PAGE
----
Mark first visited Berlin in September 1979 for the Karajan Conducting Competition travelling with Jonathan del Mar in his car. They both had a conversation with Karajan in his elegant and friendly English, however attendance at any of his rehearsals was strictly forbidden as they found out by experience. This time in Berlin gave Mark essential knowledge for his return to conduct in 1983 – Berlin wall crossover points, East German marks as well as the music shops both East and West well stocked with full scores etc. Mark’s first concert with the RIAS Jugendorchester was 2nd February 1983 in the Konzertsaal der Hochschule der Kunste (also temporary home of the Berlin Philharmonic Orchestra after the war until their new hall was built). His choice of programme was deliberate and caused a joyful stir for all, including newspapers:- Elgar Enigma Variations (the proud community isolated by a wall in the West which felt like an exclusive club) and Shostakovich Symphony No. 12 (the endless Soviet communities surrounding them). Following the success of his first concert Mark was quickly asked to return and take over the first Filmharmonisches Konzert (27th February in the SFB Grossen Sendersaal) from his predecessor Caspar Richter who had just resigned and Mark was immediately appointed Artistic Director. His time in Berlin was very productive covering a large and varied repertoire including German premières of works by Peter Maxwell Davies and John McCabe. Soloists included Wolfram Christ (BPO principal viola), Radovan Vlatković (horn), as well as guest conductors Silvio Vaviso and Jesús López Cobos. For the four ‘Filmharmonisches Konzert’s the artists included the RIAS Tanz Orchester and their pianist Kai Rautenberg as well as singers Jennifer Rush, Rosi Rohr and Bobbie Michaels. For the fourth concert (1993) the composer Michael J Lewis conducted his own film music for ‘Theatre of Blood’.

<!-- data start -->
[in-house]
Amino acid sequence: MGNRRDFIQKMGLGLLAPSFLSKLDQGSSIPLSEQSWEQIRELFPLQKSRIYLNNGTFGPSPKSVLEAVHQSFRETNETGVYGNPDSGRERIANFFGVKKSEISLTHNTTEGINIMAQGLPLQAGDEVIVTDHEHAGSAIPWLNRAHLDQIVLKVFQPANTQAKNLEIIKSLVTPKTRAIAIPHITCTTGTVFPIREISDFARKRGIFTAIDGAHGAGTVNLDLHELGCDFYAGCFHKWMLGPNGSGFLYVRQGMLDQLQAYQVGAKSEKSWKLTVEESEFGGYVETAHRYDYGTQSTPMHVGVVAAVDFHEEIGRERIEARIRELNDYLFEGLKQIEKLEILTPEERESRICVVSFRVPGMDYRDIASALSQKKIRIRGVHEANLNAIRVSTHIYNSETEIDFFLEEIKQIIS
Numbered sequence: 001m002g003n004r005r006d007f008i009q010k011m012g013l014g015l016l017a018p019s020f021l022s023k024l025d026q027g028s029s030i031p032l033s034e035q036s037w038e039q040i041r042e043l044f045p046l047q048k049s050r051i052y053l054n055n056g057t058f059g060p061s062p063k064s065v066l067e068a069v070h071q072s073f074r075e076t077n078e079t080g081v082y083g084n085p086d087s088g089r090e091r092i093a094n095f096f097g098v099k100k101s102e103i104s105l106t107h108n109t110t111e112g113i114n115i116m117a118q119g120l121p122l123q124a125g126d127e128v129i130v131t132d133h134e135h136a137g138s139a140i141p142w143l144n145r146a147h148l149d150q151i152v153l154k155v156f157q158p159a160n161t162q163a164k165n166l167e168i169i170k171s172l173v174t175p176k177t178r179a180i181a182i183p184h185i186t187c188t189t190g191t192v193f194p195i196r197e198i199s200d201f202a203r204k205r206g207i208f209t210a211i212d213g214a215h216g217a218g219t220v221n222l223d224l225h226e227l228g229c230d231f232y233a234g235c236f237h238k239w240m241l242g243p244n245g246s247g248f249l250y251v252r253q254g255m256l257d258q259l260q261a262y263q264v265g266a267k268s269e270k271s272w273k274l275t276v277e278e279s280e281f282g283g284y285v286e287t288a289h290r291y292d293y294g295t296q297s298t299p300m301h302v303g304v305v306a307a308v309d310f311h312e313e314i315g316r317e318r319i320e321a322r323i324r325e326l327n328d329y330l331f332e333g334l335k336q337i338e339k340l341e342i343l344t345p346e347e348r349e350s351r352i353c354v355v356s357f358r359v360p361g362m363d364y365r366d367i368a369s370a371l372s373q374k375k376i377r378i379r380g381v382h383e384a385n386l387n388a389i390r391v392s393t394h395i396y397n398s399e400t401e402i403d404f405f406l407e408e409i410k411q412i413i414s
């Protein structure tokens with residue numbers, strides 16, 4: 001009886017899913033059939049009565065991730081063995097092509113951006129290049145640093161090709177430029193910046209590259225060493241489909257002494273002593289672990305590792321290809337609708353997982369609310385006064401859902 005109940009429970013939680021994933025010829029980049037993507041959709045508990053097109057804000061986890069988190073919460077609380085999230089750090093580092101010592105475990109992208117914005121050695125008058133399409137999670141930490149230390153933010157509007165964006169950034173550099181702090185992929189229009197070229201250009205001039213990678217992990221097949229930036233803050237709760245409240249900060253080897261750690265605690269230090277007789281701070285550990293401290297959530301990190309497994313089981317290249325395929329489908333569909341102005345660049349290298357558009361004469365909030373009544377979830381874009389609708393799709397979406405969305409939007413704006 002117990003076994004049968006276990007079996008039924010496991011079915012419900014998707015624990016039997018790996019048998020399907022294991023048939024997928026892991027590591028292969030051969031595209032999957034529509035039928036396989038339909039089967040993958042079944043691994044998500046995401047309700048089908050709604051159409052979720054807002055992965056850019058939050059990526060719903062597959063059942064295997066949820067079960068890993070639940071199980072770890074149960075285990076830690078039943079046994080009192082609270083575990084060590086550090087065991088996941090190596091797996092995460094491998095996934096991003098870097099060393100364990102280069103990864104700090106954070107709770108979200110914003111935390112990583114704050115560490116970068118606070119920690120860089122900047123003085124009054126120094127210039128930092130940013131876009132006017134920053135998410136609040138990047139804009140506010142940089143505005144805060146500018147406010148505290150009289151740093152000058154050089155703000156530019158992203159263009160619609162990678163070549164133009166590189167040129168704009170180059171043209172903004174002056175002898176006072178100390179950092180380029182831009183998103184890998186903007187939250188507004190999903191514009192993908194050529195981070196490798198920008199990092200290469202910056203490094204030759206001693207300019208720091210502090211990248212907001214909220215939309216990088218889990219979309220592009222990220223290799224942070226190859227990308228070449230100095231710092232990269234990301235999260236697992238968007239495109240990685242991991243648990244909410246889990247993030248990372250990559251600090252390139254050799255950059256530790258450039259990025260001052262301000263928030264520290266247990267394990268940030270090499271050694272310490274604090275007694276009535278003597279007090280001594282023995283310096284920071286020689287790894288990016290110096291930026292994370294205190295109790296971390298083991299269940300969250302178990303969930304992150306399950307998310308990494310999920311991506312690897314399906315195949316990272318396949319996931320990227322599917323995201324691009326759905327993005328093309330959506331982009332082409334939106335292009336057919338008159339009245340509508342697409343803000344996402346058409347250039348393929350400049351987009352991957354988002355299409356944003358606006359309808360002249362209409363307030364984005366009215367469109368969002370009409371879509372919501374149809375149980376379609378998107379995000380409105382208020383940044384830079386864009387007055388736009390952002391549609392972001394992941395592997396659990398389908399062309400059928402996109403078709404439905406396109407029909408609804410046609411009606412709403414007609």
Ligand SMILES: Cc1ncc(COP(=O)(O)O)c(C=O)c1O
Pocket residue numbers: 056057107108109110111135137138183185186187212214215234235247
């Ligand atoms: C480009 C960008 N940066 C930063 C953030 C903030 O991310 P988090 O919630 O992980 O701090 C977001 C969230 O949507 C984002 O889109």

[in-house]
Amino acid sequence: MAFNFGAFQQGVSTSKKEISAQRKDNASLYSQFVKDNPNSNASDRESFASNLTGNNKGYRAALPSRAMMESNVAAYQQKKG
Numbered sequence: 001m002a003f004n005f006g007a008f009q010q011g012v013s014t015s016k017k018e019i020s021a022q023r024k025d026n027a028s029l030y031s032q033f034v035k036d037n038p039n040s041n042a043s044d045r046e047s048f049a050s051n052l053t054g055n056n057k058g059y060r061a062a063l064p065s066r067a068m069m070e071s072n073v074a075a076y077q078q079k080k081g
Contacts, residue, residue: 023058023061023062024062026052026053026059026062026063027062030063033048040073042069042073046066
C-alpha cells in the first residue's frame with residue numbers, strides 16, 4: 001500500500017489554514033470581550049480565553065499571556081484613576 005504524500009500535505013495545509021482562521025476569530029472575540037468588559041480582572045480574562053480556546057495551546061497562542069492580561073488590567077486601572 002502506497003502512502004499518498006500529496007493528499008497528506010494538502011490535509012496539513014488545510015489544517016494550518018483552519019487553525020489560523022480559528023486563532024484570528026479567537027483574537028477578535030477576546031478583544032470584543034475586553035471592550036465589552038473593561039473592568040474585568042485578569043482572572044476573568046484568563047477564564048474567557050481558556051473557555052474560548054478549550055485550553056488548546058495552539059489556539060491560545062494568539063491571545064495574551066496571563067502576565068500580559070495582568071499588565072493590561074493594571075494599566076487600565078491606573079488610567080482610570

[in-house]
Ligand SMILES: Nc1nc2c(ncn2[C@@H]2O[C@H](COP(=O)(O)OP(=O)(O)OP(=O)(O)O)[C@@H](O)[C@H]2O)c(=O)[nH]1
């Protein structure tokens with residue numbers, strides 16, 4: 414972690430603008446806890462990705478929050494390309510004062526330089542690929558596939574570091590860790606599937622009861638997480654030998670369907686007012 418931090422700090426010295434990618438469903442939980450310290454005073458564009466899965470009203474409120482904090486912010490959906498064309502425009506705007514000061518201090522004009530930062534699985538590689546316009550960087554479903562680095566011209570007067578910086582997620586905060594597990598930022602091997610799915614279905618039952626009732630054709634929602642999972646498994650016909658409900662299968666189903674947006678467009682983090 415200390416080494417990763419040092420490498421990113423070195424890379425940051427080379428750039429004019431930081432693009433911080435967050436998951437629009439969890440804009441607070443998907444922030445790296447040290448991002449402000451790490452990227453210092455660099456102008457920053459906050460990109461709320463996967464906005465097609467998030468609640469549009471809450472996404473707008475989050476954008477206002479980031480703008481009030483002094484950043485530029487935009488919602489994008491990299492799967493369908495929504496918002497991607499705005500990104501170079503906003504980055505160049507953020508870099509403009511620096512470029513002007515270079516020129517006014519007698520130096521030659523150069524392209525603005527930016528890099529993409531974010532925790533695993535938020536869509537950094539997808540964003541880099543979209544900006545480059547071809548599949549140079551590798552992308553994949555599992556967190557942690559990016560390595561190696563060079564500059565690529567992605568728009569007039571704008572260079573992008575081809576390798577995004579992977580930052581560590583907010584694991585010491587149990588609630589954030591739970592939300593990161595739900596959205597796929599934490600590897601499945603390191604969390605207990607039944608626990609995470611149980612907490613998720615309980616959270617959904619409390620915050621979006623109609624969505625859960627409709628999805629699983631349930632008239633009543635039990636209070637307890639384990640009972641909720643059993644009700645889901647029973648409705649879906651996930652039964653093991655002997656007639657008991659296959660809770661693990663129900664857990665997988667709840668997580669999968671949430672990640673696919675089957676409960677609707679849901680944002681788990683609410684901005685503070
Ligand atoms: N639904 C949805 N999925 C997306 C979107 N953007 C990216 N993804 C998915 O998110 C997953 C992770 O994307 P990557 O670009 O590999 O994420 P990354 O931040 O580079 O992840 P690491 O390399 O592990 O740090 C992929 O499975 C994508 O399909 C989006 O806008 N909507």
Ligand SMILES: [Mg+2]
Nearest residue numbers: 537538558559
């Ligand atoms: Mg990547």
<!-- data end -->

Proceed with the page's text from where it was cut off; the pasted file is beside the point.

Most of the RJO players were closely connected with the Berlin Philharmonic Orchestra. Some were part of the Karajan Academy (which involved them as extra players) or were children of members of the BPO (women players were excluded at that time until Karajan engaged Sabina Meyer as co-principal clarinet) and many who had lessons with BPO players. Mark attended many BPO concerts seated in the choir seats behind the orchestra with a good view of many conductors, in particular Karajan and the leader Michael Schwalbé which was more than instructive. Unlike Karajan, other conductors were willing to give permission to attend rehearsals, in particular Václav Neumann (Martinů Symphony No. 6 which Mark was preparing for Swiss performances) and Daniel Barenboim (Schumann Symphony No. 2 also in preparation for Basel). Karajan regularly borrowed the RJO to take the place of the BPO for planning his camera shots in preparation for his ‘live’ performance DVD recordings. The BPO performances and sound quality were unique. Mark soon got to know the librarian, Gabrielle Homeyer, who allowed him free access to their bowings (many from Schwalbé) and markings which was a major step to understanding more about their very special sound. At that time for example they were still using Fürtwangler’s marked parts for Schubert’s Unfinished Symphony.
Mark managed to arrange for RJO to be the main orchestra at Montepulciano in the summer of 1986. His main symphony concert was prepared and tried out in Berlin before leaving to give the players time to rehearse the other projects on arrival. For the Bruch violin concerto the soloist was Kolja Blacher, (son of composer Boris Blacher and pianist Gerty Herzog), who was later to become leader of the BPO, not only a great musician but a wonderful person to have known.